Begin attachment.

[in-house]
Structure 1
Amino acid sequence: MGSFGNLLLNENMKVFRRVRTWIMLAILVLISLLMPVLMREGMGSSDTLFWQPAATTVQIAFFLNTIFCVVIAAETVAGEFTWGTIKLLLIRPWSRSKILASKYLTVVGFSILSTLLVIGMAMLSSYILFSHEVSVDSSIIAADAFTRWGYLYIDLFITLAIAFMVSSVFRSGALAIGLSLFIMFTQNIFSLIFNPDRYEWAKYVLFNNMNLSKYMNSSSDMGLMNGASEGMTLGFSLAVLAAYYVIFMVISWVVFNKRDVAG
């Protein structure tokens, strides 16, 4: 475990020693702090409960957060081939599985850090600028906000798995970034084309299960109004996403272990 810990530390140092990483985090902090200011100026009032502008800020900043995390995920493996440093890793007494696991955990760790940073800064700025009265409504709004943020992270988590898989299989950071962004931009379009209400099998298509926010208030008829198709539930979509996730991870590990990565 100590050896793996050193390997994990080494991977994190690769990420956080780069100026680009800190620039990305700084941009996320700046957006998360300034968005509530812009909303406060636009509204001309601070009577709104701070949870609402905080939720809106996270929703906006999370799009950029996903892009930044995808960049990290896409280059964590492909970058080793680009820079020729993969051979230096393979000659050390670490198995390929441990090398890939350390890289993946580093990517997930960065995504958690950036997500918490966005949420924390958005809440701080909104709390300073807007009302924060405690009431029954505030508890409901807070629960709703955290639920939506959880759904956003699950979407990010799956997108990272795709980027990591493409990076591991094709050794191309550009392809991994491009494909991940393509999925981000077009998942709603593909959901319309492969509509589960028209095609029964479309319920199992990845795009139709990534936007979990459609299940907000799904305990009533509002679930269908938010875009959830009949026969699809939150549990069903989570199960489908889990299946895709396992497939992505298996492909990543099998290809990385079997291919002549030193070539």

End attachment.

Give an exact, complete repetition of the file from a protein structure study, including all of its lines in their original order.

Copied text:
[in-house]
Structure 1
Amino acid sequence: MGSFGNLLLNENMKVFRRVRTWIMLAILVLISLLMPVLMREGMGSSDTLFWQPAATTVQIAFFLNTIFCVVIAAETVAGEFTWGTIKLLLIRPWSRSKILASKYLTVVGFSILSTLLVIGMAMLSSYILFSHEVSVDSSIIAADAFTRWGYLYIDLFITLAIAFMVSSVFRSGALAIGLSLFIMFTQNIFSLIFNPDRYEWAKYVLFNNMNLSKYMNSSSDMGLMNGASEGMTLGFSLAVLAAYYVIFMVISWVVFNKRDVAG
């Protein structure tokens, strides 16, 4: 475990020693702090409960957060081939599985850090600028906000798995970034084309299960109004996403272990 810990530390140092990483985090902090200011100026009032502008800020900043995390995920493996440093890793007494696991955990760790940073800064700025009265409504709004943020992270988590898989299989950071962004931009379009209400099998298509926010208030008829198709539930979509996730991870590990990565 100590050896793996050193390997994990080494991977994190690769990420956080780069100026680009800190620039990305700084941009996320700046957006998360300034968005509530812009909303406060636009509204001309601070009577709104701070949870609402905080939720809106996270929703906006999370799009950029996903892009930044995808960049990290896409280059964590492909970058080793680009820079020729993969051979230096393979000659050390670490198995390929441990090398890939350390890289993946580093990517997930960065995504958690950036997500918490966005949420924390958005809440701080909104709390300073807007009302924060405690009431029954505030508890409901807070629960709703955290639920939506959880759904956003699950979407990010799956997108990272795709980027990591493409990076591991094709050794191309550009392809991994491009494909991940393509999925981000077009998942709603593909959901319309492969509509589960028209095609029964479309319920199992990845795009139709990534936007979990459609299940907000799904305990009533509002679930269908938010875009959830009949026969699809939150549990069903989570199960489908889990299946895709396992497939992505298996492909990543099998290809990385079997291919002549030193070539």